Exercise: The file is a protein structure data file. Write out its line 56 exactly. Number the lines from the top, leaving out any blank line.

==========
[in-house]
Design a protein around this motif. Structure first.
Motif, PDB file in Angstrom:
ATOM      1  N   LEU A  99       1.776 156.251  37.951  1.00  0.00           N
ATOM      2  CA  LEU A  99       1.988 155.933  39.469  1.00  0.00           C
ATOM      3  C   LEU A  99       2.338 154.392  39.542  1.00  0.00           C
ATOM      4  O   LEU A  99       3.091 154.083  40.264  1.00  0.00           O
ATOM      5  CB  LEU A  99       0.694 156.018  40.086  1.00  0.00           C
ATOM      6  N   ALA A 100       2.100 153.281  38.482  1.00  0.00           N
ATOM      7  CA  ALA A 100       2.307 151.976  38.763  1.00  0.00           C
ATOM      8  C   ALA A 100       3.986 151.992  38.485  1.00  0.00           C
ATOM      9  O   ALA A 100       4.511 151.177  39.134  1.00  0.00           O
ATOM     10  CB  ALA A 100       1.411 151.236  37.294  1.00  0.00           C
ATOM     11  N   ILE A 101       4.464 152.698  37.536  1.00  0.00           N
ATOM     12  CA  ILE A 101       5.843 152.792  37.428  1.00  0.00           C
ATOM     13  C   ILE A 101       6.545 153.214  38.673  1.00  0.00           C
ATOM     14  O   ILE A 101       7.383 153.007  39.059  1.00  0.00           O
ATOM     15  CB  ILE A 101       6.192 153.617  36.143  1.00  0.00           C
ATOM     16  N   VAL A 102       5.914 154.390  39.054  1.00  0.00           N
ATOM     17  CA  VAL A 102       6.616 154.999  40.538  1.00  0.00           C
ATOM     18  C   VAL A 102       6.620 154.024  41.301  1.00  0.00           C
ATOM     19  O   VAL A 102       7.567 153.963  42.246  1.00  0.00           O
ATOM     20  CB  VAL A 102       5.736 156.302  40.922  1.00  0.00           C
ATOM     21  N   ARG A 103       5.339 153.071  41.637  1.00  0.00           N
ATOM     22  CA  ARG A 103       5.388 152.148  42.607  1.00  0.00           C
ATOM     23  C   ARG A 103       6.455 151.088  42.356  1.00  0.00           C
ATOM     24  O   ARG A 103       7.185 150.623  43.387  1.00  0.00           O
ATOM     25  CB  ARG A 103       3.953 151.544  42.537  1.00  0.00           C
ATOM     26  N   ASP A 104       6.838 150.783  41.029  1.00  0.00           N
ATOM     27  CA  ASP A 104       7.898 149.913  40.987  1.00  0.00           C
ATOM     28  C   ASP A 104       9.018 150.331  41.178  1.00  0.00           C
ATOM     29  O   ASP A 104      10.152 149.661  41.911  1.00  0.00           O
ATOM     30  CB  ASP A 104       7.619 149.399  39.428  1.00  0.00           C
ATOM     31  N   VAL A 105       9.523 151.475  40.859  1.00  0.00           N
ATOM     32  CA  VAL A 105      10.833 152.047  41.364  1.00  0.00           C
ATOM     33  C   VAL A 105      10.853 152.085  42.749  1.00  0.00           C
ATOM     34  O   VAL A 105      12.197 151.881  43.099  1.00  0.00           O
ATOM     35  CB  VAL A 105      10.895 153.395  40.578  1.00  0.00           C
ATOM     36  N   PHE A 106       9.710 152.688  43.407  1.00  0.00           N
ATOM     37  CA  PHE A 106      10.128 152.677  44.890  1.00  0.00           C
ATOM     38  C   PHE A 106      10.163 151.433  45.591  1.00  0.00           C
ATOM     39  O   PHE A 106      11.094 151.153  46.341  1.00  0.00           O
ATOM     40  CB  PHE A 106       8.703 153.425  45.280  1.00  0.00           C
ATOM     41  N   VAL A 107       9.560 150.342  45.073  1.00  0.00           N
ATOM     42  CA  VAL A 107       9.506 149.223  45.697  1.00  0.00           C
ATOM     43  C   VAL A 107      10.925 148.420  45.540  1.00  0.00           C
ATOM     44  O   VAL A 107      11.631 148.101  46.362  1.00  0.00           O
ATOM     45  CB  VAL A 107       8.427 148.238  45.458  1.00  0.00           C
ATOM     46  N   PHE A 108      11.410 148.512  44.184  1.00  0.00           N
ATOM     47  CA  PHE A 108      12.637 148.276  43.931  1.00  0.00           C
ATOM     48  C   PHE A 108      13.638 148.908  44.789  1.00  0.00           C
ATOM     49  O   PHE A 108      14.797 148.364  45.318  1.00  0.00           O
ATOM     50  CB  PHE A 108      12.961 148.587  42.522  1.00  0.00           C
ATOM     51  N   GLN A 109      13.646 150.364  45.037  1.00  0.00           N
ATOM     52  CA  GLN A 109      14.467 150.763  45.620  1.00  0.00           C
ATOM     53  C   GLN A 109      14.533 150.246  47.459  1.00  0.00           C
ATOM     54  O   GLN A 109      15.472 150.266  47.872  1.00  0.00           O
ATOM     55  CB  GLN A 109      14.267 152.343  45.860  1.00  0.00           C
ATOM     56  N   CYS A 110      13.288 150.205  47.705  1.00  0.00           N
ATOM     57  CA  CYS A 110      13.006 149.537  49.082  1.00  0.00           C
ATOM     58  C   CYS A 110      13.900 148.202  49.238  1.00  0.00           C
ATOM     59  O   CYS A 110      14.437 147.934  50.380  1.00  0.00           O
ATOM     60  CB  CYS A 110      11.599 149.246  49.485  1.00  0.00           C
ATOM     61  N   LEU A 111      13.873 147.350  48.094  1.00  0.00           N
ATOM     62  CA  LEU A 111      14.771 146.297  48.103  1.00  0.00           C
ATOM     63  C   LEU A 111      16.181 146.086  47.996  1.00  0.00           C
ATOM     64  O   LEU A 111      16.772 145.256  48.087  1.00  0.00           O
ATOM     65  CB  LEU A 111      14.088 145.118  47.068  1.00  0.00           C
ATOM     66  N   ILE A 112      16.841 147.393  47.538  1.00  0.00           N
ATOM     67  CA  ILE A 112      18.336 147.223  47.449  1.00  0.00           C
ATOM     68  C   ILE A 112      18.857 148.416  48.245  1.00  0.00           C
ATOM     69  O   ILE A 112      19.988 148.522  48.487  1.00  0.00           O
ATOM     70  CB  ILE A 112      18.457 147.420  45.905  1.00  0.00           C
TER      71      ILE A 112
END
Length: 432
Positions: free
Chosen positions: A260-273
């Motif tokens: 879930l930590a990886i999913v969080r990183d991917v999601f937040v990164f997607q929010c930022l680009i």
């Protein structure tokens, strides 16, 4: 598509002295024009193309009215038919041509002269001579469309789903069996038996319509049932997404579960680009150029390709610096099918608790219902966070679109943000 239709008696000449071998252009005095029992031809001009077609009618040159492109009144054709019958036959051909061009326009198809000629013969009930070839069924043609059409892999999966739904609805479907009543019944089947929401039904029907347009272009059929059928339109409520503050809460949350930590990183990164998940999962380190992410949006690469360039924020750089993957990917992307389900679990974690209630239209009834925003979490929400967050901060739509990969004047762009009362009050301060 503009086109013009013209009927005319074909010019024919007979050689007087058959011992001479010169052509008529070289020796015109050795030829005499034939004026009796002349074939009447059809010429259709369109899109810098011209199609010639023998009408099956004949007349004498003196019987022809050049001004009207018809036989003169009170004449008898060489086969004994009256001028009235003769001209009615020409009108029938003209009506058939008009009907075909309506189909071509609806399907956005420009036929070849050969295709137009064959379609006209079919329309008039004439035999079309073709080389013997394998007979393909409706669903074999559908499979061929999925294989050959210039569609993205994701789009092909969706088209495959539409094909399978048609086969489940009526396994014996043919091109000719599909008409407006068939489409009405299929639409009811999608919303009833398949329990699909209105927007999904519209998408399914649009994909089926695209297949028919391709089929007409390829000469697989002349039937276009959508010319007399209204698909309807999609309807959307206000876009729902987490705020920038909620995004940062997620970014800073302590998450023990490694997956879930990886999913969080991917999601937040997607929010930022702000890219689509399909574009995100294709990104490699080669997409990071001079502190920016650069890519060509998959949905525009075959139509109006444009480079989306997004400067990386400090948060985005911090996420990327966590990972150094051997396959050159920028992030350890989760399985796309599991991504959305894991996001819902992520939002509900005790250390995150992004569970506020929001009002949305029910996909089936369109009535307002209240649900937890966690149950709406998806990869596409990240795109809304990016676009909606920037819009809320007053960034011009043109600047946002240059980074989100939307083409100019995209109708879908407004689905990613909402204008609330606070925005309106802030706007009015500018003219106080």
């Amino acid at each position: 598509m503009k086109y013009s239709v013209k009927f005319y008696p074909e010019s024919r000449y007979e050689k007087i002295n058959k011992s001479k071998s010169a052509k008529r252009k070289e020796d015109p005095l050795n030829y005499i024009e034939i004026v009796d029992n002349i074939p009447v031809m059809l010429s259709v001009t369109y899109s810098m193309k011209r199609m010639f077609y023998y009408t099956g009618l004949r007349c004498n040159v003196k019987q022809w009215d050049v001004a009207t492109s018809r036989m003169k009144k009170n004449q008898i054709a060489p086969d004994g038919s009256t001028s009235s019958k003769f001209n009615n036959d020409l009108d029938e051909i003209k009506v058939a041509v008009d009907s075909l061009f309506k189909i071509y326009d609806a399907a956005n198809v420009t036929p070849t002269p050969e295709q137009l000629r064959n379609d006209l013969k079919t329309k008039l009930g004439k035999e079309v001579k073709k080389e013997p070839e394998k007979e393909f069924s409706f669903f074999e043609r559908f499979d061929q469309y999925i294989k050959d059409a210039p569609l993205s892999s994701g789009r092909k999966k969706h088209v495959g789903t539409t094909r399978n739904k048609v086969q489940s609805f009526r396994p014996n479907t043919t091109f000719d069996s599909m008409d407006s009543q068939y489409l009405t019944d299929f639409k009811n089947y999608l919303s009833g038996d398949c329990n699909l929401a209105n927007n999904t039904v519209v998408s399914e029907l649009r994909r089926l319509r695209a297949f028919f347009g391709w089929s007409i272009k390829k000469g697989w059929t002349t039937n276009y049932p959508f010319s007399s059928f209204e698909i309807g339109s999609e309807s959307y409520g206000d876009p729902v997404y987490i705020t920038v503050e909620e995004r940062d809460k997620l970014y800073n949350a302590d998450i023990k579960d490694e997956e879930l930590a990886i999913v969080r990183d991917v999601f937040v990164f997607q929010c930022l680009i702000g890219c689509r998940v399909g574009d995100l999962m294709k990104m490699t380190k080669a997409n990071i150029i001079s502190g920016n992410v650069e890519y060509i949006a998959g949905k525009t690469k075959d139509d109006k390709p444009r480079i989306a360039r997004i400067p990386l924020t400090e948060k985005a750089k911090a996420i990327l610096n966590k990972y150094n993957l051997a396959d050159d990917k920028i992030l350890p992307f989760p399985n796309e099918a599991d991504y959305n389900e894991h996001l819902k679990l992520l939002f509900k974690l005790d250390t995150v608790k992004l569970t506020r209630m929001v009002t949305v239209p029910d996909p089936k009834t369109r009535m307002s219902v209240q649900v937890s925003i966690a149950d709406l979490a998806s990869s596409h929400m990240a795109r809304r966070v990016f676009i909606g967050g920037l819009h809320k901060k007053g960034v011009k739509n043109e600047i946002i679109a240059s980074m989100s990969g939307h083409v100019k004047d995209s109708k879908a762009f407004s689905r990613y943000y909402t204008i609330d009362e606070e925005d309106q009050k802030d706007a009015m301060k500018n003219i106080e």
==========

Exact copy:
ATOM     53  C   GLN A 109      14.533 150.246  47.459  1.00  0.00           C